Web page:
If the core concept of the metaverse is a virtual world, then we’ve been here before. The dawn of the communications age is in fact when the telegraph and later the telephone proved early warning systems to our ongoing export of our social live into the ether.
“Many aspects of the current metaverse were already familiar 143 years ago,” Tom Boellstorff riffs at Fast Company. He’s an anthropologist who says he’s been studying virtual worlds for almost two decades.
It’s an odd date to pick given that the telegraph was invented in the 1830s when a Mr. Samuel Morse (yes, he of the code) demonstrated the new device by sending a message across two miles of wire in Morristown, New Jersey.
People were playing games by telegraph wire some 150 years ago. An article in The New York Times describes how they played chess; those virtual chessboards weren’t located on either end of the wire.
The metaverse may be a wild frontier, but here at NAB Amplify we’ve got you covered! Hand-selected from our archives, here are some of the essential insights you’ll need to expand your knowledge base and confidently explore the new horizons ahead:
- What Is the Metaverse and Why Should You Care?
- Avatar to Web3: An A-Z Compendium of the Metaverse
- The Metaverse is Coming To Get You. Is That a Bad Thing?
- Don’t Expect the Metaverse to Happen Overnight
- A Framework for the Metaverse from Hardware to Hollywood and Everything in Between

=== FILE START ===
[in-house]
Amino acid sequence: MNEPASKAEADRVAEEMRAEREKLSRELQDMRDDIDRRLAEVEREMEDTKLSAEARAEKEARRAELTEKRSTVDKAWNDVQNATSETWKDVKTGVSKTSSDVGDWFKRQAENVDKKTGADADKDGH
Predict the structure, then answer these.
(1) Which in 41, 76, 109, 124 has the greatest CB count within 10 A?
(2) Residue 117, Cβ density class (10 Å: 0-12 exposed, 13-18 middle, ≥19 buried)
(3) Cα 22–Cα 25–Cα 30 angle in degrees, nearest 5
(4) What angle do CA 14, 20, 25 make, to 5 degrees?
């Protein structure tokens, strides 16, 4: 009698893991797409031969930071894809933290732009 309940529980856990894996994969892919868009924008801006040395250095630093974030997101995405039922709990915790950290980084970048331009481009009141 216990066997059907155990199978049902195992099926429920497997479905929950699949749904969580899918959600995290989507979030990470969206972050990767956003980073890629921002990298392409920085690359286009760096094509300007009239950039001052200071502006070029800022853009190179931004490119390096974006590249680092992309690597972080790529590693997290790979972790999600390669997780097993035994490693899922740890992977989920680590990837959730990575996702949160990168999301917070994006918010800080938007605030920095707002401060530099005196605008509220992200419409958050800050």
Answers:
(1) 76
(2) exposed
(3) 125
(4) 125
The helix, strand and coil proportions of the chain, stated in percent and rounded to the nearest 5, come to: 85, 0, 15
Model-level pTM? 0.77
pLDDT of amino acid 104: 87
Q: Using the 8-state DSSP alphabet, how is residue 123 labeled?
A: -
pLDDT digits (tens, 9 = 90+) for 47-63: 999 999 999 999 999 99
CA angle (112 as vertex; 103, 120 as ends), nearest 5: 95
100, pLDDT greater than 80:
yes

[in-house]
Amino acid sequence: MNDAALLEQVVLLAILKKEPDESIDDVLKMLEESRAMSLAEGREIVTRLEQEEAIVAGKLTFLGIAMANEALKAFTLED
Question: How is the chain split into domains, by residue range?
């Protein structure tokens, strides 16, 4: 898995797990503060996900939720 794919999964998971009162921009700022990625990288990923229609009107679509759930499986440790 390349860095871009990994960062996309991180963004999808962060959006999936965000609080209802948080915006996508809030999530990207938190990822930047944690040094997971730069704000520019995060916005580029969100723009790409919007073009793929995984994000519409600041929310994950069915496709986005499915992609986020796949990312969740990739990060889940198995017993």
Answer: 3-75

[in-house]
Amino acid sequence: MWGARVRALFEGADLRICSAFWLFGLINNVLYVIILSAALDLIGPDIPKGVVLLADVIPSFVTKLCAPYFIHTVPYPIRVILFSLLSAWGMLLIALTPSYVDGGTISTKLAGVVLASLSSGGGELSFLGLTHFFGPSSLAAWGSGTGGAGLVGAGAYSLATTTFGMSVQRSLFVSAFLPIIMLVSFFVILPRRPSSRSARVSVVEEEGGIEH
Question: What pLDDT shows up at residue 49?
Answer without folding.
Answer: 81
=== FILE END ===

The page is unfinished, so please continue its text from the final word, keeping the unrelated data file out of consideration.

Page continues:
Science fiction writers like Bruce Sterling have linked Victorian innovations in communications and engineering with the digital age, creating the steampunk genre.
In The Hacker Crackdown, published in 1992, Sterling noted that telephone calls don’t take place in your phone or in the other person’s phone. They take place in a virtual environment: “The place between the phones. The indefinite place out there, where the two of you, two human beings, actually meet and communicate.”
Boellstorff spools forward to the second half of the 20th century and the arrival of multi-user dungeons, or MUDs. “These virtual worlds appeared on local computer networks in the late 1970s, and entered dial-up internet services in the 1980s and 1990s. Richard Bartle, co-creator of the first MUD, noted that by 1993 over 10% of all internet traffic was on MUDs.”
“The idea that virtual environments require VR misunderstands ‘immersion.’ The metaverse’s history indicates that social immersion is the metaverse’s foundation.”— Tom Boellstorff
Virtual worlds with graphics, including avatars, can be dated back to LucasFilm’s Habitat, which launched in 1985.
All of this went into overdrive with the advent of broadband in the 2000s, including Second Life, the first true world-building metaverse, which came out of Linden Lab in 2003.
In 1990, Habitat’s founders concluded that the metaverse is defined more by the interactions among people within it than by the technology that creates it. They were particularly skeptical of virtual reality technologies and with it the idea that sensory immersion is necessary to the metaverse in every instance.
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Boellstorff agrees, arguing (as he does in his book Coming of Age in Second Life) that the key distinction is between sensory immersion and social immersion.
“The idea that virtual environments require VR misunderstands ‘immersion,’” he writes. “The metaverse’s history indicates that social immersion is the metaverse’s foundation.”